Fair compensation and good benefits are essentials to Generation Z in the workplace. What tops their list? Paid Time Off. The age-old 2 weeks isn’t enough anymore. Health insurance (including mental health), 401K, and other typical benefits are appreciated. If your company gets creative and offers reimbursement for the gym, yoga classes, or ergonomic products, even better!
Is it True Gen Z Doesn’t Want to Work?
That’s just a myth. They have modern ideas about what they want from work. And, if you understand that, your company will probably learn to appreciate the Gen Z work ethic. They are unique individuals who express themselves as such, and their contributions are just as unique. If treated like “a cog in a wheel” or “just a number,” their work will reflect that. You will get the bare minimum from them.
Is it True That Gen Z Hates Working From Home?
Results were fairly split between full remote, full office, and hybrid. Generation Z spent their high school and college years in a hybrid scenario. They know how to succeed while remote; it’s not new to them. This generation came of age during the Covid pandemic and subsequent lockdown, where personal interaction was suddenly taken away or limited. As a result, most Gen Zs want to work in the office with their team members, at least part of the time.
What If a Gen Z Worker Makes a Mistake?
How do they prefer criticism or feedback? Most stated they’d like a scheduled meeting as soon as possible with a heads-up as to the reason for the meeting. A close second was they’d prefer to be told immediately and briefly what they did wrong and how they can fix it. If there is a more significant issue, perhaps implementing some baby steps on how to improve would be appreciated.
What Generation Z Characteristics Should All Employers Know About?
Generation Z enjoys collaboration and teamwork. They need to feel included and not judged. And while we are on the subject of inclusion, if a company claims to be a proponent of Diversity, Equity and Inclusion but doesn’t actually employ a diverse workforce, or if they claim to be big on sustainability yet aren’t, Gen Z workers will notice. Authenticity is important.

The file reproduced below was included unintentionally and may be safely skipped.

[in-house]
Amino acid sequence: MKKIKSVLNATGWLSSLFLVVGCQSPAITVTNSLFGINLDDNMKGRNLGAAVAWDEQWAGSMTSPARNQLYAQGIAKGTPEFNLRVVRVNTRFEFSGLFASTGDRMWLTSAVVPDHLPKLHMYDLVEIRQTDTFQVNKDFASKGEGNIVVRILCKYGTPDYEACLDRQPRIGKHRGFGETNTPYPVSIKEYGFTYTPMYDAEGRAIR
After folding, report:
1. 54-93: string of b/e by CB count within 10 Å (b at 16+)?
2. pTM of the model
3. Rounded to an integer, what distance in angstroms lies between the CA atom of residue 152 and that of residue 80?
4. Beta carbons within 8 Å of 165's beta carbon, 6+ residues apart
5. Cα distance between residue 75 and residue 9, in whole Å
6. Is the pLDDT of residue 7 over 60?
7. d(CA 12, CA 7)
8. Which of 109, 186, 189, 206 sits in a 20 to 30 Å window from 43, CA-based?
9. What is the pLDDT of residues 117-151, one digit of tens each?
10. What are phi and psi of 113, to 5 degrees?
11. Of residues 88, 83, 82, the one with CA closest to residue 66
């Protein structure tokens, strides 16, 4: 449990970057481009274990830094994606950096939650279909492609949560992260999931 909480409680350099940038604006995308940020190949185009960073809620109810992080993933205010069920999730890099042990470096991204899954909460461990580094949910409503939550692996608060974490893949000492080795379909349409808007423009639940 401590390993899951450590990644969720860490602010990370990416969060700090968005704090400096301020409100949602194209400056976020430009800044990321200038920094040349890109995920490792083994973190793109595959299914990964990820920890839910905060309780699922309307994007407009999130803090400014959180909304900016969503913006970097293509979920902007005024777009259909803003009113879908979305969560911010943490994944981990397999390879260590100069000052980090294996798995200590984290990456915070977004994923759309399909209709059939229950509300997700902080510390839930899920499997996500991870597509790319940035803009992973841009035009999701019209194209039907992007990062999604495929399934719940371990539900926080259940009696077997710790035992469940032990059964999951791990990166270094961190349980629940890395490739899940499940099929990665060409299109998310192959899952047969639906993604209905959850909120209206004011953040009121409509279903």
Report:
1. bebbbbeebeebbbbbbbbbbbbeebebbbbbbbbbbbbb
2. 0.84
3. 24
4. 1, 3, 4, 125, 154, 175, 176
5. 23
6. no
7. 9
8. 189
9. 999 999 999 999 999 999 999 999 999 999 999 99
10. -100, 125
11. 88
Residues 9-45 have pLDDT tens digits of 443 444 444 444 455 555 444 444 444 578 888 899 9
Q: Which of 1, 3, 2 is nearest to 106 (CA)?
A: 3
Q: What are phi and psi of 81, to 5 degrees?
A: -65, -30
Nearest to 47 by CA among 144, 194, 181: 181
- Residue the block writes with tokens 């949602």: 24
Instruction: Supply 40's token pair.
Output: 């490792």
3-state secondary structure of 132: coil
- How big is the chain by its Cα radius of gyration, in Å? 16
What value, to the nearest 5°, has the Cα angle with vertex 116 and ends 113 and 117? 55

In addition, Generation Z enjoys emotional support, trust, and a safe place to share their opinions. They don’t expect complete agreement, just a forum where they are comfortable sharing ideas.
While work is a part of their life, it is not their entire life. They will separate work from their personal life, and “fun events with the team” after work are of little interest.
How Does Gen Z Look For a Job?
They will likely search on job sites such as Indeed, Glassdoor, Handshake, or Zip Recruiter. A close second to these is LinkedIn. Right behind that, the answer was word of mouth through family and friends. At this point, they are not looking for employment through their university or trade school outplacement program, nor are they looking on social media.
How Long Will Gen Z Stay with a Job?
Once hired, how long should they stay with the company if they are unhappy? No minimum amount of time, or they may strive for a full year. If they love their job, they will stay. Generation Z knows that work is a big part of life, and they will be working for decades. Therefore, they want their dream job.
Every generation feels the next generation will somehow mess it all up. Yet each one brings fresh ideas, values, inspiration, and brilliance to the world. And really, what more could we ask of the next generation than to evolve and do it better than those of us before them?